Multistate salmonella outbreak causes one death - CDC

Multistate salmonella outbreak causes one death - CDC

So far, the beef responsible for these infections has not traced to a specific producer or supplier, but the CDC will continue to investigate the matter.

The patients were between 48 and 74 years and 80% of them were male, the agency said. The outbreak has killed one person (in California) and sent eight others to the hospital, the CDC said.

The illnesses reportedly started between August 8 and September 22.

The agency warns that more victims are likely in the coming days, as it takes two to four weeks for the bacteria to manifest.

Whole genome sequencing analysis did not identify any antibiotic resistance in 16 bacterial isolates from 10 ill people and 6 food specimens.

The "likely source" of the outbreak that has affected people in six states is ground beef, according to the Centers for Disease Control and Prevention. Of the 8 individuals interviewed, 6 (75%) reported eating ground beef at home. The CDC notes that testing of clinical isolates using standard antibiotic susceptibility testing methods through the CDC's National Antimicrobial Resistance Monitoring System is now underway.

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The CDC said that people who fell ill after eating the ground beef had reported eating different types and brands of the product purchased from various locations.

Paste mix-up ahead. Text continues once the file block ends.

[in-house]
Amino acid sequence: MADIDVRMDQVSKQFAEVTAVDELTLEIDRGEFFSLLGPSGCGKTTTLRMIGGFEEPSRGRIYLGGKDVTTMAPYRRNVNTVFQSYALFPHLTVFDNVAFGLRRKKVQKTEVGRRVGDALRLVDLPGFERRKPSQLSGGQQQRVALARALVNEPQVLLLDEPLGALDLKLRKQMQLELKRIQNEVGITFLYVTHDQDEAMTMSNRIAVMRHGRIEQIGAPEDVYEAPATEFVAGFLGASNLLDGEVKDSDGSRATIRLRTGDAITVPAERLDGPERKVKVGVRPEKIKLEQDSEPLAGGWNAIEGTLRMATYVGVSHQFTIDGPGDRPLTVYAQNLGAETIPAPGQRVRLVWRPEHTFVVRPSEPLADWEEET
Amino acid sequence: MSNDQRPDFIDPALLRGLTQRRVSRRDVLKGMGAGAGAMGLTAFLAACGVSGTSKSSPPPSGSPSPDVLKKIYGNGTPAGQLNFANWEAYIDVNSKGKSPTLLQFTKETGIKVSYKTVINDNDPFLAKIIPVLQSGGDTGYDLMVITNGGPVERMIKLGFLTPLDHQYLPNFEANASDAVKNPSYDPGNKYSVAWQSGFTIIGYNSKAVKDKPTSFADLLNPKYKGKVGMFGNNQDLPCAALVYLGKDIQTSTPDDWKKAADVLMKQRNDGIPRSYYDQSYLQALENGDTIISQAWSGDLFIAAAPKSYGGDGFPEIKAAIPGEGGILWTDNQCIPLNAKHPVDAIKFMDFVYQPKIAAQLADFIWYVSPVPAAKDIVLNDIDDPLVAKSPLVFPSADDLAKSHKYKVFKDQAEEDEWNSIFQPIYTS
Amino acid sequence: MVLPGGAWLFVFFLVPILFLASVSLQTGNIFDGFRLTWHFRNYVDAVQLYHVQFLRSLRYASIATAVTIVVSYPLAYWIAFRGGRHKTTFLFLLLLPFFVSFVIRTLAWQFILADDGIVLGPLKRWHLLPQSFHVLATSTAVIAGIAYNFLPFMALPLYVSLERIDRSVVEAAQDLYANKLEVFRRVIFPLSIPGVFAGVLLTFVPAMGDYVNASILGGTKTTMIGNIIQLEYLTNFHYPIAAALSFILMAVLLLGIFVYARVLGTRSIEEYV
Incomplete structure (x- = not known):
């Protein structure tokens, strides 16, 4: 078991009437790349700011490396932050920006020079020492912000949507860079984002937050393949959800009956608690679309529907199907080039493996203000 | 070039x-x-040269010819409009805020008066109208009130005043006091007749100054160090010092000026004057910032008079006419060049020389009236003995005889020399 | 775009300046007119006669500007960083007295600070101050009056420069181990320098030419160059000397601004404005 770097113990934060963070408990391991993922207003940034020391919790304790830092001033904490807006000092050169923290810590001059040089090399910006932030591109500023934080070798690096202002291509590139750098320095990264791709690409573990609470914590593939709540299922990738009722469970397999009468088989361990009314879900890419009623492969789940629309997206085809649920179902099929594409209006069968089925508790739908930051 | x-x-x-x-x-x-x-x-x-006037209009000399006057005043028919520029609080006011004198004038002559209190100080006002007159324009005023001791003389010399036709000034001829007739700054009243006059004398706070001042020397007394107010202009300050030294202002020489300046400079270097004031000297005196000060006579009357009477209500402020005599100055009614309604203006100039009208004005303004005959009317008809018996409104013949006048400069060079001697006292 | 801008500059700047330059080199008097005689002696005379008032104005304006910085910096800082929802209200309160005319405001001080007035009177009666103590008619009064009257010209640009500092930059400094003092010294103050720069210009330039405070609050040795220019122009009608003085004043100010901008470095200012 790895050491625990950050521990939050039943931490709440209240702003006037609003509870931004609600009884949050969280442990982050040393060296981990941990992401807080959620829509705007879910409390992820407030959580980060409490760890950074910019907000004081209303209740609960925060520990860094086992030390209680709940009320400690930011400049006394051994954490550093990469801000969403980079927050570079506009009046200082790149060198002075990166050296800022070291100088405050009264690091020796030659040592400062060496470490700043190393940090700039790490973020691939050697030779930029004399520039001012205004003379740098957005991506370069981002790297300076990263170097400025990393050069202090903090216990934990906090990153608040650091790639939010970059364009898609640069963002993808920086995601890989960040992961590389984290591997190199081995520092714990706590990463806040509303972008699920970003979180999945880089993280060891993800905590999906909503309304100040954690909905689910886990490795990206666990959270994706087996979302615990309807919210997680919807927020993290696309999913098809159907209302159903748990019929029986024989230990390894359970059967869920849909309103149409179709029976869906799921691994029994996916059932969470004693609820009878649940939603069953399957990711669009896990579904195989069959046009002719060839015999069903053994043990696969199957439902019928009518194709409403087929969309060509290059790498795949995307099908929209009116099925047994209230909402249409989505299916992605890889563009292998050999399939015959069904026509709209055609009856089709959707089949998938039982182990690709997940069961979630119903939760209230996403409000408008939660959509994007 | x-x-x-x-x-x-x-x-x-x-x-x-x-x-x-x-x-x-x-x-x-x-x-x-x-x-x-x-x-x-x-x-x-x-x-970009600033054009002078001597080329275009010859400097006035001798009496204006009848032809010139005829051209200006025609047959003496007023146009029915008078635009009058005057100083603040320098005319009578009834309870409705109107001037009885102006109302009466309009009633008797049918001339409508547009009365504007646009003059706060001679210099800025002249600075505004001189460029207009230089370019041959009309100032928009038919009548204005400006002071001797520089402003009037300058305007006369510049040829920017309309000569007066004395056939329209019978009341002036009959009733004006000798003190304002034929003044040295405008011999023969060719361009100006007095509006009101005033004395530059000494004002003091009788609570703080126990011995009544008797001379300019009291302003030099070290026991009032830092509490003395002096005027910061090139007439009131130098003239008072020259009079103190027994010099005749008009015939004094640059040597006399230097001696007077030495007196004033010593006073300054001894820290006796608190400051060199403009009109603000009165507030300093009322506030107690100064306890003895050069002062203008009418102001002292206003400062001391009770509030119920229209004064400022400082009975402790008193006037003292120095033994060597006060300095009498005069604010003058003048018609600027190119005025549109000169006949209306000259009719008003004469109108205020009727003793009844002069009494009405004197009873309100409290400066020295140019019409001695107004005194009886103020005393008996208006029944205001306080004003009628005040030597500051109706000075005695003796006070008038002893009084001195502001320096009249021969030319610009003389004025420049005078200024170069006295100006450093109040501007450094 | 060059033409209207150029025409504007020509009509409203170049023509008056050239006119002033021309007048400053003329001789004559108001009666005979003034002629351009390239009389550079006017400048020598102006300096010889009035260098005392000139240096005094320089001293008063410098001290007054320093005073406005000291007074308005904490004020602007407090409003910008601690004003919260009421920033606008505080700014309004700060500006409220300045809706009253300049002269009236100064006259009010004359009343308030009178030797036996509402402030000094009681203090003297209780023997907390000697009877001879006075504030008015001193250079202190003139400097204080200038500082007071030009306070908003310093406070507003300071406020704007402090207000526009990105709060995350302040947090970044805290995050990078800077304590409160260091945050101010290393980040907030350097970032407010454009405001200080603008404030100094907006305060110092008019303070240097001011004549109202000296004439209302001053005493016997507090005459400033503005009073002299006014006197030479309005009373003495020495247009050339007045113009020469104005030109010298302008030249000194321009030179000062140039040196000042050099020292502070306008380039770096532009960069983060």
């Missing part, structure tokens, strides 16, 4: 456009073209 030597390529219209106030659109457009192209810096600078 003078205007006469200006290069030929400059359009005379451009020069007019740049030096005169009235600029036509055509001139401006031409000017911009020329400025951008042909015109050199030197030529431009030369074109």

The outbreak has been identified in six states.

The CDC is not advising that consumers stop eating thoroughly cooked ground beef or that retailers stop selling ground beef. Samples from slaughter and processing establishments were collected as part of FSIS's routine testing under the Salmonella performance standards. Rather, it is reminding the public to not eat raw or undercooked ground beef, and to use a food thermometer to the make sure the meat reaches a safe internal temperature when cooking. Typically, an illness will last 4 to 7 days, most people recover without treatment, but sometimes an illness can be so bad a patient will need to be hospitalized.

For more information on the outbreak, visit the visit the CDC's website.

The Dublin strain of Salmonella is a less common form of the infection, but no less harmful.

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